Definition of Linux Kill Signals
The way of communicating a message from one process to another process is called a signal. The message that we try to communicate is also called notification that the destination process is to be processed. They might ignore the signals or leave to perform the default action. The kill command in Linux will allow users in sending a signal to the process. When we use the signal command to send a signal to a process that is owned by other users (like root), then we would need admin rights and have the privilege to use the ‘sudo’ command.
Kill signal command in Linux does not only use to stop processes running in the Linux system, but also used to terminate the software from all illegal programs. Thus, few of the kill command signals in Linux are a part of security parameters. Remarkably, these kill commands do not only terminate or kill the programs but also they are used to pause, restart, or continue the programs.
The Basic syntax of Kill Signal command in Linux is :
kill -signal -pid
Here signal can be either the signal name or number of the signal used to send to the process and pid is the process_ID.
To get the list of signals supported in the Linux server, we can use the below command:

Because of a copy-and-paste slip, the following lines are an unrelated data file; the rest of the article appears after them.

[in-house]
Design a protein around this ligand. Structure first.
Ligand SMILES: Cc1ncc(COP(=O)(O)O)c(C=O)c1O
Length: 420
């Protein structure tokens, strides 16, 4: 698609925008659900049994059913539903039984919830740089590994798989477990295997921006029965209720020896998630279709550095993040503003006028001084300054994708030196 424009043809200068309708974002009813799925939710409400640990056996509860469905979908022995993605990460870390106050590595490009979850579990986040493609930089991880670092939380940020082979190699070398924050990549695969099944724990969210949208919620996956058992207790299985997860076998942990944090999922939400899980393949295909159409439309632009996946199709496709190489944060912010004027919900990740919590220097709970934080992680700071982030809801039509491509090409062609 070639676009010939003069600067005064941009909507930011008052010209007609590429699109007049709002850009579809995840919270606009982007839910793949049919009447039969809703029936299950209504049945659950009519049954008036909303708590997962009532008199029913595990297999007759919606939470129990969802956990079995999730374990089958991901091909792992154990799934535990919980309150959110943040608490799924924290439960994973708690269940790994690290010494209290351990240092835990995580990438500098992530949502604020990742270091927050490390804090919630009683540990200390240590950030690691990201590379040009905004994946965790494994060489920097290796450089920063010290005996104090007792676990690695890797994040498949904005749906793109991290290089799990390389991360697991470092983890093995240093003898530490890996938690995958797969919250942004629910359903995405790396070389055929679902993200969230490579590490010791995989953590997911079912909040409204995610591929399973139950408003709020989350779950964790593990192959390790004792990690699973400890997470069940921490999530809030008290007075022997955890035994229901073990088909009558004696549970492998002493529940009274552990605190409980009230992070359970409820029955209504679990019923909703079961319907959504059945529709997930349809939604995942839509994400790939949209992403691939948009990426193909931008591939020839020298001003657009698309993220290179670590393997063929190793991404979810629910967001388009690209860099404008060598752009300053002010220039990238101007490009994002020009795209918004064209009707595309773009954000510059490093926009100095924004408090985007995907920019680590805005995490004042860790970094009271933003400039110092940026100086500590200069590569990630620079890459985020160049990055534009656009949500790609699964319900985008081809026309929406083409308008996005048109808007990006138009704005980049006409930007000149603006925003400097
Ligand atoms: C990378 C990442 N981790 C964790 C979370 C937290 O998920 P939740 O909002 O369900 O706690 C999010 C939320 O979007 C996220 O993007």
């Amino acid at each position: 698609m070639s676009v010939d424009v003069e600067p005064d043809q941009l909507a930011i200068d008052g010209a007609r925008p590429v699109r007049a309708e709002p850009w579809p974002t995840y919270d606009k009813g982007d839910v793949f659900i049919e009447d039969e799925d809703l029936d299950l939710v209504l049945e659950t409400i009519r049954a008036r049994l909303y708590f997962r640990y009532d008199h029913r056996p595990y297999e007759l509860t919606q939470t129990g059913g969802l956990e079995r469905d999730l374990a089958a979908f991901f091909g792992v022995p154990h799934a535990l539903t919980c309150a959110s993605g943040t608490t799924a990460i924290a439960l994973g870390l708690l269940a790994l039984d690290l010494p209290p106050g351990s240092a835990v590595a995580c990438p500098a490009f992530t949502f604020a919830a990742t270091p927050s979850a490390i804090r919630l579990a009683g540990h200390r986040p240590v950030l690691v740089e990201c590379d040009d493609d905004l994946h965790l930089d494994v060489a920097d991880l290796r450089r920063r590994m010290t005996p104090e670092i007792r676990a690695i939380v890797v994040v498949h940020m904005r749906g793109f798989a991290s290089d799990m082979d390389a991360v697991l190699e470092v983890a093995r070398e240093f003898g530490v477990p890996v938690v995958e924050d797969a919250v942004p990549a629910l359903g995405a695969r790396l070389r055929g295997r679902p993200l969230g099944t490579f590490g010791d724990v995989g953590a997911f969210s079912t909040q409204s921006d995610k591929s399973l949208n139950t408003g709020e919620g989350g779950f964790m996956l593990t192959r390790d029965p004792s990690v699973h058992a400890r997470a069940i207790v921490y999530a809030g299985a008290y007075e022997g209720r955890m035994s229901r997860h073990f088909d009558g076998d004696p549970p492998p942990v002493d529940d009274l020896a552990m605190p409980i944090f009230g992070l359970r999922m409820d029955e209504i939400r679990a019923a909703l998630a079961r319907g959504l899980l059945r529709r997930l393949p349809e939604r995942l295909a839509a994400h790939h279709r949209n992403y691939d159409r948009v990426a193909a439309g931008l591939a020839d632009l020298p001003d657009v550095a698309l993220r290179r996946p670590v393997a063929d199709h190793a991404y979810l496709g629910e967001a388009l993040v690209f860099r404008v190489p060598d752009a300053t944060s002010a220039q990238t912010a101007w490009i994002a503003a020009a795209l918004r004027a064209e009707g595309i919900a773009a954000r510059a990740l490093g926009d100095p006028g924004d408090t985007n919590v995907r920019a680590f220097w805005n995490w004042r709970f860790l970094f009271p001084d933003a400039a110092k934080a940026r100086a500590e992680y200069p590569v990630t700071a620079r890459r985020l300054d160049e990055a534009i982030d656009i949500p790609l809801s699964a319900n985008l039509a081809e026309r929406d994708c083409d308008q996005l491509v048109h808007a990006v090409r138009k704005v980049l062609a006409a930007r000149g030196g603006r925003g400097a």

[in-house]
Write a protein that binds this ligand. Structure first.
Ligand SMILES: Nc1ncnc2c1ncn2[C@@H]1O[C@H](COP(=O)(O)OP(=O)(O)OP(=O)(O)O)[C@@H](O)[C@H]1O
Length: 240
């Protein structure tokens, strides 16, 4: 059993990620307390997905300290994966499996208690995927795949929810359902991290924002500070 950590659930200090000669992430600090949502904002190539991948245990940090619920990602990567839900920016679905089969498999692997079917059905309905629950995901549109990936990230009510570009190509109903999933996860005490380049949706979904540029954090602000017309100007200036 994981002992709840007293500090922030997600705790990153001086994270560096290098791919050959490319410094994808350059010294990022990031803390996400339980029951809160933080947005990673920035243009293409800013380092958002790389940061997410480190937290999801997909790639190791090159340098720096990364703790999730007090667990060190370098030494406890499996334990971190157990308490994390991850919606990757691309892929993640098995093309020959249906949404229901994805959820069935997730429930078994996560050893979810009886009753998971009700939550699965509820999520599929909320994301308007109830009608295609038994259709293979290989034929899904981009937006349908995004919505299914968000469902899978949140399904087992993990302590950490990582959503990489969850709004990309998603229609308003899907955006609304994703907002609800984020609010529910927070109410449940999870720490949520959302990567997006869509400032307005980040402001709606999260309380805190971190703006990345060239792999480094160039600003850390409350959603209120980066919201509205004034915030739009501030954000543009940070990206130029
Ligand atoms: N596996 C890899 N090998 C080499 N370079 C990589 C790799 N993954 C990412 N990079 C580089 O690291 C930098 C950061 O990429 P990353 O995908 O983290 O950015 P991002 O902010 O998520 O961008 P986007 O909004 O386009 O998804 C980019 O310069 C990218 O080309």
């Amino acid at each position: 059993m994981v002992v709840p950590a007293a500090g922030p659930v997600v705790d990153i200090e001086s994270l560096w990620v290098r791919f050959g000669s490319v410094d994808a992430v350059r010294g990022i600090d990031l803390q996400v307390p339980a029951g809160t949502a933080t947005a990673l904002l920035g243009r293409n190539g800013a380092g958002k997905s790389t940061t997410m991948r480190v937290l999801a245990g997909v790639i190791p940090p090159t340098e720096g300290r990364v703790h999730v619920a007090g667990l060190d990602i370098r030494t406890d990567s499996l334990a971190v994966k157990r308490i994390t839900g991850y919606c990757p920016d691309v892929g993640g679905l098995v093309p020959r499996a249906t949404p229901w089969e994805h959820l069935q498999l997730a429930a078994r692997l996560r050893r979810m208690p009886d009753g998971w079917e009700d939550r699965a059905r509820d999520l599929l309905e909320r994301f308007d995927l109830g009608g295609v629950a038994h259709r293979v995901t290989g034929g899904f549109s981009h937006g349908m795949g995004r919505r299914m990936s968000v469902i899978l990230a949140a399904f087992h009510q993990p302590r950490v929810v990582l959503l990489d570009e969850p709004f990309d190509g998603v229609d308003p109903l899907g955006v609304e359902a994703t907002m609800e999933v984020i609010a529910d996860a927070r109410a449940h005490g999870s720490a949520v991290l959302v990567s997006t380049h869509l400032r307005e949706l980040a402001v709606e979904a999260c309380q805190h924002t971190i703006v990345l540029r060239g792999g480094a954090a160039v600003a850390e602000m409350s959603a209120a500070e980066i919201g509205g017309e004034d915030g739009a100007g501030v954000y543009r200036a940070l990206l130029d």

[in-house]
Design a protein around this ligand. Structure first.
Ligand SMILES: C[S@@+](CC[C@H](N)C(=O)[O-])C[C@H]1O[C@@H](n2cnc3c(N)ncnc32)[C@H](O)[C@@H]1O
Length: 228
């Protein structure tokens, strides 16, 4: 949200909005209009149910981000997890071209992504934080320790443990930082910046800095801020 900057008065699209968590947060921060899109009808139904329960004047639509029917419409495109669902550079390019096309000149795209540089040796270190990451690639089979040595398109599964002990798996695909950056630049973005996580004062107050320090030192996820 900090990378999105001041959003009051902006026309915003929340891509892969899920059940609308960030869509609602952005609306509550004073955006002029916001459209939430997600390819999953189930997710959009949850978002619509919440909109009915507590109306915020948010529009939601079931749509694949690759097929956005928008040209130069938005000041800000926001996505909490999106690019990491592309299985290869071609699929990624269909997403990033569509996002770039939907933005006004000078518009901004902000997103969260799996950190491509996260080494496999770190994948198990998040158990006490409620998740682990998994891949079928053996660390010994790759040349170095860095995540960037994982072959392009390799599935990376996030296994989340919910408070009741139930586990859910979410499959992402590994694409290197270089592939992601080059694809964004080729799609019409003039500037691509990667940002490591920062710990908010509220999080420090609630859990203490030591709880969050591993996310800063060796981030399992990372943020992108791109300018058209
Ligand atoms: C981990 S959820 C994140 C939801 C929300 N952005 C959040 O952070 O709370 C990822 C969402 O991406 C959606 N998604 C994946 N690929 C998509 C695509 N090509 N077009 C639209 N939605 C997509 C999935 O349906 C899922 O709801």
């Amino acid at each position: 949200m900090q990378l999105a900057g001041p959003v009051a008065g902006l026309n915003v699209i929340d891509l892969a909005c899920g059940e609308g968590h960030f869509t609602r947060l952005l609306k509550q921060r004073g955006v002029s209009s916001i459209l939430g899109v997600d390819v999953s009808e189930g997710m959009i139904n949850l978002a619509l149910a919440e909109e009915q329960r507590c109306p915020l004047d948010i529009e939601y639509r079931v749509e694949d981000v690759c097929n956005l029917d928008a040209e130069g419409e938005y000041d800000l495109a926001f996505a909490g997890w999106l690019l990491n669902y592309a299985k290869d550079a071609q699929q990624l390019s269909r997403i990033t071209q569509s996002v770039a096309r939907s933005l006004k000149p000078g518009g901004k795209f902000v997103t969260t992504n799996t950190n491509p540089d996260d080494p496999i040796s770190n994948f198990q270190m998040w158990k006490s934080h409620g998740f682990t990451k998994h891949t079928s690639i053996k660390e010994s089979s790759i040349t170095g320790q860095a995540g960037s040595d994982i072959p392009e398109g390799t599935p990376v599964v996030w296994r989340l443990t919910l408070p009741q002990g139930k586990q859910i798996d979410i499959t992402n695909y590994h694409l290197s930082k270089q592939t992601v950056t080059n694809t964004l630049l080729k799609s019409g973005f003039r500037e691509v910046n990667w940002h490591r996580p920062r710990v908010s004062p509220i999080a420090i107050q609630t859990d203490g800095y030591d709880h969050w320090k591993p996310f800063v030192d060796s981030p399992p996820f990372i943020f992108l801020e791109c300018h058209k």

Here -l will list out all the signals that are supported in Linux. This command will list the signal names. The output of the command will display as below:
1) SIGHUP 2) SIGINT 3) SIGQUIT 4) SIGILL 5) SIGTRAP
6) SIGABRT 7) SIGBUS 8) SIGFPE 9) SIGKILL 10) SIGUSR1
11) SIGSEGV 12) SIGUSR2 13) SIGPIPE 14) SIGALRM 15) SIGTERM
16) SIGSTKFLT 17) SIGCHLD 18) SIGCONT 19) SIGSTOP 20) SIGTSTP
21) SIGTTIN 22) SIGTTOU 23) SIGURG 24) SIGXCPU 25) SIGXFSZ
26) SIGVTALRM 27) SIGPROF 28) SIGWINCH 29) SIGIO 30) SIGPWR
31) SIGSYS 34) SIGRTMIN 35) SIGRTMIN+1 36) SIGRTMIN+2 37) SIGRTMIN+3
38) SIGRTMIN+4 39) SIGRTMIN+5 40) SIGRTMIN+6 41) SIGRTMIN+7 42) SIGRTMIN+8
43) SIGRTMIN+9 44) SIGRTMIN+10 45) SIGRTMIN+11 46) SIGRTMIN+12 47) SIGRTMIN+13
48) SIGRTMIN+14 49) SIGRTMIN+15 50) SIGRTMAX-14 51) SIGRTMAX-13 52) SIGRTMAX-12
53) SIGRTMAX-11 54) SIGRTMAX-10 55) SIGRTMAX-9 56) SIGRTMAX-8 57) SIGRTMAX-7
58) SIGRTMAX-6 59) SIGRTMAX-5 60) SIGRTMAX-4 61) SIGRTMAX-3 62) SIGRTMAX-2
63) SIGRTMAX-1 64) SIGRTMAX
How to Kill Signals in Linux?
Here are the common signals that we generally use in Linux.
|Signal Name||Signal Number||Description|
|SIGINT||2||Signals when the Linux user presses ‘CONTROL-C’|
|SIGHUP||1||Hangs up signals when controlling the terminal or at the end of the controlling processes.|
|SIGQUIT||3||Signals when the Linux user presses ‘CONTROL-D’|
|SIGFPE||8||Signals when any unexpected mathematical operation is performed.|
|SIGKILL||9||When any of the process issues this signal, it will quit immediately.|
|SIGALRM||14||Signals for alarm clock|
|SIGTERM||15||Signals to terminate the process or the software.|
|SIGSTOP||17,19,23||Signals to stop the process in Linux.|
There are many ways to send signals to a program in Linux. A few of them are explained below:
The most common way to kill a process in Linux is by using ‘CONTROL-C’, when we press ‘CONTROL-C’ SIGINT signal is sent to the program and by default, the program terminates. The signal SIGINT is also called a Interrupt signal or key.